Sharon Davis is a T’ai Chi student and teacher and a journalist. She teaches Chi Kung and the traditional Yang style (Yang Cheng-Fu); in between writing and studying other traditional martial arts (Tenshin Shoden Katori Shinto Ryu; Wu-Shin Chi-Dao). She has had the privilege of spending the past six years living and training with her partner at the Wu-Shin Chi-Dao International Martial Arts College, in Durban, South Africa. She regularly travels overseas to further her knowledge and study in T’ai Chi and other arts.
- Be present in the now – the only moment in time that exists is
- the present
- The earth experience is one of duality – of good and bad; yin
- and yang
- Going with the flow – be flexible, yet centred
- There is power in softness – yielding
- Fast does not mean better – avoiding the rat race
- Embrace Tiger – facing your fears
- Never be double-weighted – the intelligence of not opposing
- force with force
- Ride the Tiger – embracing a weakness and turning it into a
- Meditation in motion – mindful movement and body awareness
- Non-confrontational, yet effective – using your adversary’s
- force against him
- The stillness at the centre of the circle
- Wu-Wei – not doing, but being done
- Monkey mind – quietening the chatter
- Maintaining balance and perspective
- Breath deeply
- Poise and posture – avoiding unnecessary strain and fatigue
- The cyclical nature of life
So often, it is those apparently insignificant things that can be important – like a smile from a stranger or a compliment from a friend – that little ingredient that can brighten a day… In the same vein, it is often the seemingly little lessons that can be gained from the study of T’ai Chi that makes all the difference to how one views the world, and more importantly to how one responds to it. With this in mind, I’d like to share some of the little, but fundamentally important, lessons that I have learned from my journey along the T’ai Chi path.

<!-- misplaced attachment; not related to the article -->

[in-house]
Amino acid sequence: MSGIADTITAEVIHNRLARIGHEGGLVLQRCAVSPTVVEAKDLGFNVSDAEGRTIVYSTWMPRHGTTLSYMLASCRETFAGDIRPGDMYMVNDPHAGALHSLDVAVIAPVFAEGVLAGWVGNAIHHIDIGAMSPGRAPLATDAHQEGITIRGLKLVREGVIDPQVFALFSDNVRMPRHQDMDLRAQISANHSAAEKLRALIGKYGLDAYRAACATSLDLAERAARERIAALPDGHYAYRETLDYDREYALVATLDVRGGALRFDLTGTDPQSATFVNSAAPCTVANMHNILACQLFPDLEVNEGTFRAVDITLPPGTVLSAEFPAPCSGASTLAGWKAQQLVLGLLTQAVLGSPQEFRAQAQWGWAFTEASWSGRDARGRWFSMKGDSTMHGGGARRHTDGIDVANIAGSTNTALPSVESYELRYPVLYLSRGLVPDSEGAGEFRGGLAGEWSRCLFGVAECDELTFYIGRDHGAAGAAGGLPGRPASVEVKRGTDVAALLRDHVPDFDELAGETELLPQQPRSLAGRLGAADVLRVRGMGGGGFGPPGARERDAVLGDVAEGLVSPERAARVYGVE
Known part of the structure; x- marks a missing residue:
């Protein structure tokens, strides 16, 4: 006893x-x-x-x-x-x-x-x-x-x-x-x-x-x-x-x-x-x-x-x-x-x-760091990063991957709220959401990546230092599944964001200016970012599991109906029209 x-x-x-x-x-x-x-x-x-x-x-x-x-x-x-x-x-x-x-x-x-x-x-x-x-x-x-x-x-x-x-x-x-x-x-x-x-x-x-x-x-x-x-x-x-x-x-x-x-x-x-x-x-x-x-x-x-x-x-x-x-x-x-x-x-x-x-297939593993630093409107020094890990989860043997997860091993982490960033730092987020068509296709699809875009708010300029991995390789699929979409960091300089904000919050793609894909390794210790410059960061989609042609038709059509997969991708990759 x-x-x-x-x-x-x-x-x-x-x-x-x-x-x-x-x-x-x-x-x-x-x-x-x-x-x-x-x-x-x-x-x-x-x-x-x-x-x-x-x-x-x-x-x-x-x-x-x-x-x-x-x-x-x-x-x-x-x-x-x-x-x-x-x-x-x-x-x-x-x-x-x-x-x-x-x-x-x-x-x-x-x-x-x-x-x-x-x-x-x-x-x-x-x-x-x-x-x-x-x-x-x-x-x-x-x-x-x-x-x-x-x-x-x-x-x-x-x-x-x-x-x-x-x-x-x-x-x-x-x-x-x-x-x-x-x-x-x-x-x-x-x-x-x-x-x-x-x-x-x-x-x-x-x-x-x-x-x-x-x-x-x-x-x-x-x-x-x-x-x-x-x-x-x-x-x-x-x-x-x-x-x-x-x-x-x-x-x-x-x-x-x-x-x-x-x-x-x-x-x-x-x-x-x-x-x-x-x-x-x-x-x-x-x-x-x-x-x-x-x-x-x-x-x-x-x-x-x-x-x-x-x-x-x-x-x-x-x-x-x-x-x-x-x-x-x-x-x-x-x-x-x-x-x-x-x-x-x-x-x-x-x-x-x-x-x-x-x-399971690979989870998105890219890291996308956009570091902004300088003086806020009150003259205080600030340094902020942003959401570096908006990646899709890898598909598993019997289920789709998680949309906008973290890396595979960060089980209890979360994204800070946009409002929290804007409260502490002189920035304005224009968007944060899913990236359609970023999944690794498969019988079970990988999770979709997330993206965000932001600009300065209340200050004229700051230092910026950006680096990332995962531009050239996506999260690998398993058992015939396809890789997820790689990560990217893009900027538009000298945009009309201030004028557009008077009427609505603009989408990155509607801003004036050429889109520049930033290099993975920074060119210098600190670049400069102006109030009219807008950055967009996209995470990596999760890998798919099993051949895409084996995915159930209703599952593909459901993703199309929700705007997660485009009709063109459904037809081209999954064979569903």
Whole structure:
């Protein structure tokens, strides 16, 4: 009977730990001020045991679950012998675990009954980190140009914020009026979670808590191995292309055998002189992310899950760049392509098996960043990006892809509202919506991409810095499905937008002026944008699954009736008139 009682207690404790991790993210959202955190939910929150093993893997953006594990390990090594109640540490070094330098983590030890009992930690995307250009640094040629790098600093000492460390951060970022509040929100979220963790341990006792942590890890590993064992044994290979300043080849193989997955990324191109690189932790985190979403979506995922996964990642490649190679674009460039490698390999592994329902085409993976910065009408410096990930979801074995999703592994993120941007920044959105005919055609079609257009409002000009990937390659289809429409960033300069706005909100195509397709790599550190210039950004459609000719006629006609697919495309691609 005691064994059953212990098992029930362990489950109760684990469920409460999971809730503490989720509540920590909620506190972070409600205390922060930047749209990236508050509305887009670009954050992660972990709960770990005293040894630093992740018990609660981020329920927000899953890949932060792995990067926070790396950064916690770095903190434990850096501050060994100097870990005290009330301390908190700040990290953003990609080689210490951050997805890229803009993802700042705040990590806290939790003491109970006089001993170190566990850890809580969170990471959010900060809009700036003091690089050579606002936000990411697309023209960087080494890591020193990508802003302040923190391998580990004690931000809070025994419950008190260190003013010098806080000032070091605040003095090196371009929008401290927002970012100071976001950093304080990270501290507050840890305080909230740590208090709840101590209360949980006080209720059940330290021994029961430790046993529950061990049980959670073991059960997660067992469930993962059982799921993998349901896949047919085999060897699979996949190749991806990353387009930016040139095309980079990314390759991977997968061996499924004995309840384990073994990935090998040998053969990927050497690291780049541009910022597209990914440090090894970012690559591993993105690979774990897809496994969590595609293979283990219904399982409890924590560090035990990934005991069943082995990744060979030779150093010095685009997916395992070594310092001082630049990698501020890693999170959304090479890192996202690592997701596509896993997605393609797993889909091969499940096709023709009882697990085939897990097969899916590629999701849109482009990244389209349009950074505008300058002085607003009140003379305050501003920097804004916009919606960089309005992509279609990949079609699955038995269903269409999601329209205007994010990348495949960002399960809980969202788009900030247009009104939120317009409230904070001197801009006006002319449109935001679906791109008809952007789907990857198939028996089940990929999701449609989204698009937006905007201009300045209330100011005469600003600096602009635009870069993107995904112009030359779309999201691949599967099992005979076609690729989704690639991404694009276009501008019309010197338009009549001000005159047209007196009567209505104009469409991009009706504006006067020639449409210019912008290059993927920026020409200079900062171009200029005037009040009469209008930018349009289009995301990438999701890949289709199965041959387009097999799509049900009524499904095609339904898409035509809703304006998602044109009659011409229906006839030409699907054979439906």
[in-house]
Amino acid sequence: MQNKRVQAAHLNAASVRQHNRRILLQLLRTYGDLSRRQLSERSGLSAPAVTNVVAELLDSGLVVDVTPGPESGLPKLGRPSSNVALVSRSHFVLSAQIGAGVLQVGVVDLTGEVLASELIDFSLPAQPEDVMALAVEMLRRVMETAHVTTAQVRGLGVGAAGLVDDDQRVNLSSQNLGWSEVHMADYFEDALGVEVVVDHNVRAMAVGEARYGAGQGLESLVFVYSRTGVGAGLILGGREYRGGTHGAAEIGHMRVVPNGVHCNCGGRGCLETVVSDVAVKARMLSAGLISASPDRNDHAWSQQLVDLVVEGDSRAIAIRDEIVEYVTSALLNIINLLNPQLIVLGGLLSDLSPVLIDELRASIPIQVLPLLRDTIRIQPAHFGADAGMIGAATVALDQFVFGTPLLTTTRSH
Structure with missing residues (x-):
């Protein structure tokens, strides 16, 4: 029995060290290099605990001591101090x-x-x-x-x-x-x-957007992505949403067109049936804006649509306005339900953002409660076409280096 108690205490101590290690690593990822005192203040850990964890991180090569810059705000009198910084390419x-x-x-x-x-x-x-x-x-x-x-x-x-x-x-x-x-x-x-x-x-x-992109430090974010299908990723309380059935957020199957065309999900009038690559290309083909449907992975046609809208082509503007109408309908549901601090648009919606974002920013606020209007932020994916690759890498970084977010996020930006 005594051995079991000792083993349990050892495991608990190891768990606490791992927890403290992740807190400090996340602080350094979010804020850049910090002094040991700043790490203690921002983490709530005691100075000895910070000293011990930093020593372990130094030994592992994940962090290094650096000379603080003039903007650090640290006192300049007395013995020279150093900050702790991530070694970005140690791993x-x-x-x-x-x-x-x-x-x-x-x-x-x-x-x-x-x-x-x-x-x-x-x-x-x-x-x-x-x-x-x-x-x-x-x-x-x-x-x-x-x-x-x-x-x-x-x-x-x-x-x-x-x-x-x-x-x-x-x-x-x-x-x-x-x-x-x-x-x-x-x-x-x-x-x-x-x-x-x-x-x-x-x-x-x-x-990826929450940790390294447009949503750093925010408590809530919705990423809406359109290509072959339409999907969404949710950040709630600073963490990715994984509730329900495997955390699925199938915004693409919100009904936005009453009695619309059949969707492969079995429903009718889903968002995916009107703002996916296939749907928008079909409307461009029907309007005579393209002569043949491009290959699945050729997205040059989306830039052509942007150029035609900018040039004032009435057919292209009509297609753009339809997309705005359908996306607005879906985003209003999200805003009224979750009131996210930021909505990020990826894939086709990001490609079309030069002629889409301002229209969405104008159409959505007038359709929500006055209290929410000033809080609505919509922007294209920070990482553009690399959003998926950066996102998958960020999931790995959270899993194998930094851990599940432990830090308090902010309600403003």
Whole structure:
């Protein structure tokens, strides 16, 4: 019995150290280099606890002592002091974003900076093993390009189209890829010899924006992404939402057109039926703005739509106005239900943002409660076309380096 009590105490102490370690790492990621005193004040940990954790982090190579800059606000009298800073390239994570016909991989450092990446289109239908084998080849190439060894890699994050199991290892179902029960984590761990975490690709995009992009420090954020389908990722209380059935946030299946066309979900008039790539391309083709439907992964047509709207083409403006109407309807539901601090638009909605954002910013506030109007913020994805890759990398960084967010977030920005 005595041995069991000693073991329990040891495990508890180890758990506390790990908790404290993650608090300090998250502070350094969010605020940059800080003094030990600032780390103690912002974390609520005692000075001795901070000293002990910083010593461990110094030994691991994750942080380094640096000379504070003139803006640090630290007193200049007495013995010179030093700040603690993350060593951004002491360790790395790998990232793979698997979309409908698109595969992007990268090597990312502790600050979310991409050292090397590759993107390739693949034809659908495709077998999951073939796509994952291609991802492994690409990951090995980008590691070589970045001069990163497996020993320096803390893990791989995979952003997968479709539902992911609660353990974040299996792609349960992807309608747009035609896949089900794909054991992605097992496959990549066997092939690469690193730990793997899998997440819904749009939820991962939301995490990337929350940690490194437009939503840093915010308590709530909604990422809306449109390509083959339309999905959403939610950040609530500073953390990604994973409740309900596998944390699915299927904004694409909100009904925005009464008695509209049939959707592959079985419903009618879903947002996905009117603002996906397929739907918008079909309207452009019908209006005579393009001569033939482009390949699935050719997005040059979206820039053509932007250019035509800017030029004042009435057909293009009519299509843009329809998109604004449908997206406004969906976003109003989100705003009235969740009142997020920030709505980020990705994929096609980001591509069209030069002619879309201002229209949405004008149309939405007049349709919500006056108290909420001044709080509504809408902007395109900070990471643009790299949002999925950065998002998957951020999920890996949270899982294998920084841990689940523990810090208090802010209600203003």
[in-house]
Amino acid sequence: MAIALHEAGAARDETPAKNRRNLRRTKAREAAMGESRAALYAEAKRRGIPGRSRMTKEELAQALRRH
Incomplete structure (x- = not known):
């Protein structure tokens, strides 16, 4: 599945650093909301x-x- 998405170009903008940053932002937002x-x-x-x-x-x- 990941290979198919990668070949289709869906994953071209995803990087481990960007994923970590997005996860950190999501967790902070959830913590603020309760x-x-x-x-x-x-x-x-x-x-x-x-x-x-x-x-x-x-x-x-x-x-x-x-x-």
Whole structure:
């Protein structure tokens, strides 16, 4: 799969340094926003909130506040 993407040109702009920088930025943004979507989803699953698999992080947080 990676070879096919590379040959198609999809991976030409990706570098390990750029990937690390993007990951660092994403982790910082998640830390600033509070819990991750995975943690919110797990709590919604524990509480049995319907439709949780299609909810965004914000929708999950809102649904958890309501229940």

Don’t be taken in by appearances – look beneath the surface: Probably the first lesson we learn from T’ai Chi is: not to take things at face value; we learn to look beneath the surface…
This lesson is learned through a simple examination of the yin and yang nature of T’ai Chi. By embracing and understanding its fundamental underlying concept of duality – that T’ai Chi is both for health and relaxation, and for self-defence; both passive and violent.
How many people are initially surprised, if not disappointed, to discover that the root and function of these slow, flowing, gentle movements of relaxation are deeply grounded in civil combat and self-protection? I have had prospective students walk out of a trial class in total disgust at being told that part of the Brush Knee involved a strike to the face Who would suspect that the graceful dance-like movements, both aesthetically pleasing and calming, could be a devastating code of selfdefence moves – in effect a long and graceful kata?
By accepting that T’ai Chi is outwardly apparently very yin but contains the possibility of extreme yang, we learn to see a deeper significance in T’ai Chi – and by extrapolation, we can learn to see a deeper significance in the world around us.
We learn not to assess people by outward appearances – their physical appearance, their clothes, or even what they have to say. We learn to look deeper, into the heart and soul of the person; and if we choose to judge at all, we judge them by their actions. What they do to make the world a better place. Clothing and fashion statements are irrelevant. We learn to look past that outward projection of ‘self’ until that projection becomes like the emperor’s new clothes. We learn that a fancy car is nice, but not important. That a smart new suit looks good, but holds no more promise of honesty or reliable service than a well worn, out-moded suit.